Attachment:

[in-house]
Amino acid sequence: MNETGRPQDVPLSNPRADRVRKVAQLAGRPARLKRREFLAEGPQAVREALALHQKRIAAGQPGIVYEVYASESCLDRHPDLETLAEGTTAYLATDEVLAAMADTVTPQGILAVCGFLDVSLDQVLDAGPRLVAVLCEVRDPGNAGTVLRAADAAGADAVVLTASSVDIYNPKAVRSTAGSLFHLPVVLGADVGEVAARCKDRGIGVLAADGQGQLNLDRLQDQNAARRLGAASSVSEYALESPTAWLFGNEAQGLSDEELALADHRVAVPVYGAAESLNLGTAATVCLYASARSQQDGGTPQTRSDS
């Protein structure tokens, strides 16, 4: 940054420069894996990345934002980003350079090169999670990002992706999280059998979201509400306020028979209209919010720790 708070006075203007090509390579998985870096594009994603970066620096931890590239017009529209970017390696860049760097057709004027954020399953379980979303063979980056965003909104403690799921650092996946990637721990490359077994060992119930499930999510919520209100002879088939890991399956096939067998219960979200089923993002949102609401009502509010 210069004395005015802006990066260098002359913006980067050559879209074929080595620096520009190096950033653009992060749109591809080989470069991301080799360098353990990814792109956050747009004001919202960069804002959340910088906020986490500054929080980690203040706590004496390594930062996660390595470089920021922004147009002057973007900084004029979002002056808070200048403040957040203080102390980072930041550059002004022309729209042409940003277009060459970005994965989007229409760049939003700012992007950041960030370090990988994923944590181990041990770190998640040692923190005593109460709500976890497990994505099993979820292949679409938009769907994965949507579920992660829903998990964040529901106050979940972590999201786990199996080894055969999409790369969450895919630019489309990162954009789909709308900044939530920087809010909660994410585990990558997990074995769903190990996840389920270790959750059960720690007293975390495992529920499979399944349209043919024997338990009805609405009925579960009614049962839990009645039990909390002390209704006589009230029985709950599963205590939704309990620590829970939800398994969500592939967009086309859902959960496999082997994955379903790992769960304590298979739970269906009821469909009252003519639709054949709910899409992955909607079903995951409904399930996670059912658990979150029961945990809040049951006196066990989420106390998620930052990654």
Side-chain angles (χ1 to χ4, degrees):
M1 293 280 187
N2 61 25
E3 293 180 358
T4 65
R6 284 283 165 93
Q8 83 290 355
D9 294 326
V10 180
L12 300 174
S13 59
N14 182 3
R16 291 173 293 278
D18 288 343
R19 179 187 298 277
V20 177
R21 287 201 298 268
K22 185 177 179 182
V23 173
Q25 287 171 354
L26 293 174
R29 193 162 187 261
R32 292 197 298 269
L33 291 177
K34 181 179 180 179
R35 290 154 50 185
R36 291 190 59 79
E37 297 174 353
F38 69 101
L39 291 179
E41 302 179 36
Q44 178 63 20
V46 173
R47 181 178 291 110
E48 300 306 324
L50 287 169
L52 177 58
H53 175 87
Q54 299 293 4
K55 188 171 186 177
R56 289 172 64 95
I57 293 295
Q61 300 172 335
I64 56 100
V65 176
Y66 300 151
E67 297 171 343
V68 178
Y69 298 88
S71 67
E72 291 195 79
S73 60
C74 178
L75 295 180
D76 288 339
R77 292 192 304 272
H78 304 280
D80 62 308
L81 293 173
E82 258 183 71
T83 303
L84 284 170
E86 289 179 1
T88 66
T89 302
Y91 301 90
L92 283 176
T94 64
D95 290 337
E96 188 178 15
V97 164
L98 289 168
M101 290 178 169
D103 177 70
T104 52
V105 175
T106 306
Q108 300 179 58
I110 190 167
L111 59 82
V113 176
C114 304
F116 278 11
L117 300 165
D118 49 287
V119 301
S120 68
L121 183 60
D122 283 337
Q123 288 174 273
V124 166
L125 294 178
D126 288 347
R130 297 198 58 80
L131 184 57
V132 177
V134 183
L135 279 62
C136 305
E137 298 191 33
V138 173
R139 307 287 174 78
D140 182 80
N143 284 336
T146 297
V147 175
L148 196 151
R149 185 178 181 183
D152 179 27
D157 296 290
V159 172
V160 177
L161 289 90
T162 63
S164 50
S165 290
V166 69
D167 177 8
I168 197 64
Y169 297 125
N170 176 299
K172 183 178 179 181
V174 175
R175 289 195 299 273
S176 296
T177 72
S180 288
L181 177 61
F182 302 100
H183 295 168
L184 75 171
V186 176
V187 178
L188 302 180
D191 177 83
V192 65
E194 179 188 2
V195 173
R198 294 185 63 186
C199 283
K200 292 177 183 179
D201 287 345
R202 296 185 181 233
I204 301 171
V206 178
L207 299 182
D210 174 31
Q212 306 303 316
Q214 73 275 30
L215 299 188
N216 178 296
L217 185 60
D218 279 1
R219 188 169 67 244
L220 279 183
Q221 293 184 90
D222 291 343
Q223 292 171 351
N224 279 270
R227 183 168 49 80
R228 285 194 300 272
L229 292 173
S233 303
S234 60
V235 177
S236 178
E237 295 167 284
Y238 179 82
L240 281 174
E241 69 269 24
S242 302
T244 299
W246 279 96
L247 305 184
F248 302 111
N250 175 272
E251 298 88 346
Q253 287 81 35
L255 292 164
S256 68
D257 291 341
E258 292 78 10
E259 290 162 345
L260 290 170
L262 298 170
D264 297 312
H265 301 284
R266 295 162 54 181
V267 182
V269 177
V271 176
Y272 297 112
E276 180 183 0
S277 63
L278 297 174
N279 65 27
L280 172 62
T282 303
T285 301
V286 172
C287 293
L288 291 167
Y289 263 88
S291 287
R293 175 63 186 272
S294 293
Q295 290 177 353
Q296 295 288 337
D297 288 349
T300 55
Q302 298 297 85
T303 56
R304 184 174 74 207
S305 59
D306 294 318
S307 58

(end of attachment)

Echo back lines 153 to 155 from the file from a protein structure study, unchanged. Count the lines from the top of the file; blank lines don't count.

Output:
L215 299 188
N216 178 296
L217 185 60